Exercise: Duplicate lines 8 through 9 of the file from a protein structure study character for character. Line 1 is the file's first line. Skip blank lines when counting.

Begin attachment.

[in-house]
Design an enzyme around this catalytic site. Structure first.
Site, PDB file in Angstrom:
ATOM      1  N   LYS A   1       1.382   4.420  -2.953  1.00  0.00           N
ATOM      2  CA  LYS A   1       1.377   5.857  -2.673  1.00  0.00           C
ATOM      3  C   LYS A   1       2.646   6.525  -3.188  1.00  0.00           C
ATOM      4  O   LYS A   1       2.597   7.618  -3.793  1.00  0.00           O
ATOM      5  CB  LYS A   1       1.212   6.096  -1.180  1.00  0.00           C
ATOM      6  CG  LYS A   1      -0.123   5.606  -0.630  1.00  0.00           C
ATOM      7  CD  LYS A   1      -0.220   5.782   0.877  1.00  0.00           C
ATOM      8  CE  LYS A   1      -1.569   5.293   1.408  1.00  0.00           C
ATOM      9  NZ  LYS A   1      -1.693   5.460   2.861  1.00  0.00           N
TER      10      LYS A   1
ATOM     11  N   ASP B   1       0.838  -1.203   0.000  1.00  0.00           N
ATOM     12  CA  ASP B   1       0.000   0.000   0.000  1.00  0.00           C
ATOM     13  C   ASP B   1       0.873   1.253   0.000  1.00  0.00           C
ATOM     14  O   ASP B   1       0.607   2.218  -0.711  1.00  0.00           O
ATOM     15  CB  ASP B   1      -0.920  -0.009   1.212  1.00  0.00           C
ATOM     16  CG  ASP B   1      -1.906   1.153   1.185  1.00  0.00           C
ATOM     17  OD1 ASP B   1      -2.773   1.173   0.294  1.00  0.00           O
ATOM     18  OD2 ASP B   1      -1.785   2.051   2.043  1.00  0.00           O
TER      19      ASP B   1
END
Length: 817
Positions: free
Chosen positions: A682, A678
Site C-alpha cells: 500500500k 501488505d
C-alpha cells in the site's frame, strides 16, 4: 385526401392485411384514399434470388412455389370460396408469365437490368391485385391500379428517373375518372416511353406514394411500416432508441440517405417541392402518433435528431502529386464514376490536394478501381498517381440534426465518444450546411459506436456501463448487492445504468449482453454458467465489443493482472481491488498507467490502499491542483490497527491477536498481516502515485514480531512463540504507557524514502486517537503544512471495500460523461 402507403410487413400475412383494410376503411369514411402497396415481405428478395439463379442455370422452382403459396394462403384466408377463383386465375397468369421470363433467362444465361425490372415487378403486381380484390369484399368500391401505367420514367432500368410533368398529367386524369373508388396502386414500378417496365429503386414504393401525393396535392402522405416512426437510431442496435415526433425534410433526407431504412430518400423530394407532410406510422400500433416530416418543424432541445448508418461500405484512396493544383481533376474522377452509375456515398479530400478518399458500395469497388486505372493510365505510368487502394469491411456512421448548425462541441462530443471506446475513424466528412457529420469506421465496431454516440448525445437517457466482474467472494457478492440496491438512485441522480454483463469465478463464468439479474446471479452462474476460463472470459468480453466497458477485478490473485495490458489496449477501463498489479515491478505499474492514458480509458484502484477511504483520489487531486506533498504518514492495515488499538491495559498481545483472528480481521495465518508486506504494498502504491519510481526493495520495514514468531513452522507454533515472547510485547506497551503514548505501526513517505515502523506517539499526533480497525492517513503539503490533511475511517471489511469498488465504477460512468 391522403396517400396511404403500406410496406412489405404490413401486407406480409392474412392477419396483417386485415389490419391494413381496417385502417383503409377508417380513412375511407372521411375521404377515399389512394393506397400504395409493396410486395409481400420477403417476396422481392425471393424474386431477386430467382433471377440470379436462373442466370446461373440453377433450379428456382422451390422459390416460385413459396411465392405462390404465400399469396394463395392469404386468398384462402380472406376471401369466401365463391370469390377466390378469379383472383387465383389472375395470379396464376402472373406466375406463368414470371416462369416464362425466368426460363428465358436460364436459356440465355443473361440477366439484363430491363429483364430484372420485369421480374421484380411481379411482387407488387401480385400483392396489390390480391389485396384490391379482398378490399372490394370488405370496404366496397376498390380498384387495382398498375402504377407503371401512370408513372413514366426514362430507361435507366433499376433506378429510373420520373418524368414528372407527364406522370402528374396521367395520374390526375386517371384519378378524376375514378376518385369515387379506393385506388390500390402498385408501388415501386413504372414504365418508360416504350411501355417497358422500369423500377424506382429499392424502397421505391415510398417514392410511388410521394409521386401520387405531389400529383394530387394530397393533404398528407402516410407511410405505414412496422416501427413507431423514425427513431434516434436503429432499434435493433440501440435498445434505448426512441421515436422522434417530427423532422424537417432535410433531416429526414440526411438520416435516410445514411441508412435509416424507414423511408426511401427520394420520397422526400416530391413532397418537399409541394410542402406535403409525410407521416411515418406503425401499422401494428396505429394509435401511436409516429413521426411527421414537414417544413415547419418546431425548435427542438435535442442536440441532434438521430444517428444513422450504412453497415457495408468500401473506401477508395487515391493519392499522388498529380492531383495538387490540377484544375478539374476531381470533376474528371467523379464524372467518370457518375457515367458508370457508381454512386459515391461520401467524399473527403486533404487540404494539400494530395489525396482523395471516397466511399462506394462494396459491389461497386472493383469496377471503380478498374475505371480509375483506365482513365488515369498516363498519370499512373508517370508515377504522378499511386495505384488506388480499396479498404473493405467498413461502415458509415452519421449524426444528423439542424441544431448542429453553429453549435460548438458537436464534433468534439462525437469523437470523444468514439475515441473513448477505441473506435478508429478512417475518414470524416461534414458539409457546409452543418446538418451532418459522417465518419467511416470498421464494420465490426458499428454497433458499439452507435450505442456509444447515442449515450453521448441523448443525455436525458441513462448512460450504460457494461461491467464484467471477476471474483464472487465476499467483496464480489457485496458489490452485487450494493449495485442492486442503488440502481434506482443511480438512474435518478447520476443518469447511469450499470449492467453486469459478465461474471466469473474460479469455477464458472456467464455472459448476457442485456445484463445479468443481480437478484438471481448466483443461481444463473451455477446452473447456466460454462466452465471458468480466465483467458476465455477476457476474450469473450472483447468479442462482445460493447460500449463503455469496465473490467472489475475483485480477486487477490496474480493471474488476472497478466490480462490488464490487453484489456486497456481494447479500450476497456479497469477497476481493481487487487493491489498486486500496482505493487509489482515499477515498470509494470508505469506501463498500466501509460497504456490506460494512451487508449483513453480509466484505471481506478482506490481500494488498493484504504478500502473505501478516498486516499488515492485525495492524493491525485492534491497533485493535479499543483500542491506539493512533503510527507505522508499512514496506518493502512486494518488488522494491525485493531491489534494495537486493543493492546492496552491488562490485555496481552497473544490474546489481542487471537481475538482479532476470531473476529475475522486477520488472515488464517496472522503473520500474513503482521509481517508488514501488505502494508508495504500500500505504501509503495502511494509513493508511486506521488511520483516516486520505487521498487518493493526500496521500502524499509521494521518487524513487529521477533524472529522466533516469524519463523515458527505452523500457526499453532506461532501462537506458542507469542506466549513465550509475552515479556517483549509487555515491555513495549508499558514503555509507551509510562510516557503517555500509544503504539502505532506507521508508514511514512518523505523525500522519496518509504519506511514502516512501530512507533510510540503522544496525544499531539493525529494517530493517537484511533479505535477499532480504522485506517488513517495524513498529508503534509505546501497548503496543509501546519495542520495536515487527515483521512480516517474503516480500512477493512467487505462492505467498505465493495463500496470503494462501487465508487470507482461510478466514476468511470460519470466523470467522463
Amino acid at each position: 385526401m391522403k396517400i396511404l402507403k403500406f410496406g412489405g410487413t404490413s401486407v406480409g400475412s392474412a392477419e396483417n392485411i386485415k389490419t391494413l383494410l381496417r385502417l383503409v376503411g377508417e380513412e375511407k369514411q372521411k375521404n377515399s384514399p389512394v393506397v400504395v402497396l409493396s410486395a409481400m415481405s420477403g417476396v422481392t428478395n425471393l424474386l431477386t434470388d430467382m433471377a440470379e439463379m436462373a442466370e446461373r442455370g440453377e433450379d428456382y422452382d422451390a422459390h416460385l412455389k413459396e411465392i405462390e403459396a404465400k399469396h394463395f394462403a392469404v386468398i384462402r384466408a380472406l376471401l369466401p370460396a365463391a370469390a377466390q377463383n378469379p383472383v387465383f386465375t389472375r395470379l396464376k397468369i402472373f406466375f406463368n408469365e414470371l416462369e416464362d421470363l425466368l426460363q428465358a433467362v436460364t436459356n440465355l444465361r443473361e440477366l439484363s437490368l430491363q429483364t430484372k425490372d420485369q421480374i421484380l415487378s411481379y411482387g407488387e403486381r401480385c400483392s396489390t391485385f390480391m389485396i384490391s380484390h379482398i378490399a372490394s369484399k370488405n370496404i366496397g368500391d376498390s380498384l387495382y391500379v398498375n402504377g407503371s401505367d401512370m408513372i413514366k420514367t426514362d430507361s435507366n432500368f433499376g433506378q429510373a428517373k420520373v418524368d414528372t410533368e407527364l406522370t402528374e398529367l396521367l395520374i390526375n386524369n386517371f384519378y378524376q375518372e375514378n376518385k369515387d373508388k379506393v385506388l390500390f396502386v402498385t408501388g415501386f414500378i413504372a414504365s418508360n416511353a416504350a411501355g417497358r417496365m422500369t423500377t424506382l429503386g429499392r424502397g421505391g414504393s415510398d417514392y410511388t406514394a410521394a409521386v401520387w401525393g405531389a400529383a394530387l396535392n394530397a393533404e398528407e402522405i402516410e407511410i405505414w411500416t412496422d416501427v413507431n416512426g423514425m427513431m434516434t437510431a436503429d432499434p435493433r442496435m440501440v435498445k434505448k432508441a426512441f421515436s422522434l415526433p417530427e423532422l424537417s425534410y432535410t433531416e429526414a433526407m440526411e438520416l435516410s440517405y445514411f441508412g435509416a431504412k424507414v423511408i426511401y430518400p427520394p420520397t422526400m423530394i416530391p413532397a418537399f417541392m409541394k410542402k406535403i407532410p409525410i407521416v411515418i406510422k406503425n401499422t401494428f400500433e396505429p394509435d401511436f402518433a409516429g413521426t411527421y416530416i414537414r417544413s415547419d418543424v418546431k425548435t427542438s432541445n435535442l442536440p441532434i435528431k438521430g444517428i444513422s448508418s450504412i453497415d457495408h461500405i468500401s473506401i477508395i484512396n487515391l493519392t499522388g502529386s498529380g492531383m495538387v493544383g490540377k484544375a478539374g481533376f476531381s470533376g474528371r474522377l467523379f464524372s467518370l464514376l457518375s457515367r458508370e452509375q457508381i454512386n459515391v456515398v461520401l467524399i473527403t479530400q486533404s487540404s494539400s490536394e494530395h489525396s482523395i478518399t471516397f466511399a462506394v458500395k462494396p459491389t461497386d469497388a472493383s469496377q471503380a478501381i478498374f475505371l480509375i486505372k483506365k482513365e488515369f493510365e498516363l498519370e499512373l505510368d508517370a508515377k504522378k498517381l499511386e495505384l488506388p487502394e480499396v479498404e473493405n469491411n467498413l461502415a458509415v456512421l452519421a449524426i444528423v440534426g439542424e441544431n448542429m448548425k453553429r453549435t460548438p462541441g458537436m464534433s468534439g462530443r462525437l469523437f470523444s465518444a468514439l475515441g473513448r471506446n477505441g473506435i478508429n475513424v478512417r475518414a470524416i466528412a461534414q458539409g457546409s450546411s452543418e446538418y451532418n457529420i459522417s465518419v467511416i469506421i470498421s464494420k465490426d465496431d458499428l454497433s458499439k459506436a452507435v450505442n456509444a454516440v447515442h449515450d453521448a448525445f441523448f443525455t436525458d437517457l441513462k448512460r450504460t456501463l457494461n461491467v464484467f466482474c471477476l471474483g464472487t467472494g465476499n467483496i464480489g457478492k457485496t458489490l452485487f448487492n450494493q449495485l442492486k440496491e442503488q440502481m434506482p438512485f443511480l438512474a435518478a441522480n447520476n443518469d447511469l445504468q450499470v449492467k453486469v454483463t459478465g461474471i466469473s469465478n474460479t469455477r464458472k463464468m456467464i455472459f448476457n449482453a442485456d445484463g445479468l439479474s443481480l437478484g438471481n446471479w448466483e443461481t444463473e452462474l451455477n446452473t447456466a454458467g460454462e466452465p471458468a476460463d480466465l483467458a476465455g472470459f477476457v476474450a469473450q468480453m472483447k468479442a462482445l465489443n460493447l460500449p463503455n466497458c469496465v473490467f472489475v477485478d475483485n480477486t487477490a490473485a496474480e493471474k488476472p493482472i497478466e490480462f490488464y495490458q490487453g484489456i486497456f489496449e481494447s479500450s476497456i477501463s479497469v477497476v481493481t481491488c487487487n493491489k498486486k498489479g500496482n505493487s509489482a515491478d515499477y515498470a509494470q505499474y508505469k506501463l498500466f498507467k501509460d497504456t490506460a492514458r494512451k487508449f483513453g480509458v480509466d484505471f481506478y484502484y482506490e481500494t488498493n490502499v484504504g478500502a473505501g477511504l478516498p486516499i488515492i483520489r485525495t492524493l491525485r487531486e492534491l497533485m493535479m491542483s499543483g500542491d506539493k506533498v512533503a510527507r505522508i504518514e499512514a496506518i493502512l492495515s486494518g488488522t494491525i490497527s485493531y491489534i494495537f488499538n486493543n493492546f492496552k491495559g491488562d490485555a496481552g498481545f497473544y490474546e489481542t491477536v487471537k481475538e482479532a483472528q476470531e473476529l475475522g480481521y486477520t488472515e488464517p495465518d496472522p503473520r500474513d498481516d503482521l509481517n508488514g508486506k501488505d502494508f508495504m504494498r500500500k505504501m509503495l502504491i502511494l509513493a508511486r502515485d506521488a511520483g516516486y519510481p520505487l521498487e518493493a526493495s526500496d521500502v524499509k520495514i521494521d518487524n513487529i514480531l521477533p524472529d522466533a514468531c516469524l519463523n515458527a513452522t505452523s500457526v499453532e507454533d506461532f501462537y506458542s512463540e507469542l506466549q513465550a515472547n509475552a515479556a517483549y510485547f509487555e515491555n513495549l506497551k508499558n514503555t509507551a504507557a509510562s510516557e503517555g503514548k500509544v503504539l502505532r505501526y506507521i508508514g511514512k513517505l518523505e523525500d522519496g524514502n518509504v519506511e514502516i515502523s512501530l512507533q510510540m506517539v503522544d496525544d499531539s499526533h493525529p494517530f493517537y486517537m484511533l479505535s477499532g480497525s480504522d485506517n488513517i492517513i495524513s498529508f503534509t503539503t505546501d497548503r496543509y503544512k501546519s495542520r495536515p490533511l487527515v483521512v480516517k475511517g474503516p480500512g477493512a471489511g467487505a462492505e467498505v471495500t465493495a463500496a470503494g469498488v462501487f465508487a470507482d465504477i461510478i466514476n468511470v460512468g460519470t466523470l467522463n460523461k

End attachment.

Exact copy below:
ATOM      5  CB  LYS A   1       1.212   6.096  -1.180  1.00  0.00           C
ATOM      6  CG  LYS A   1      -0.123   5.606  -0.630  1.00  0.00           C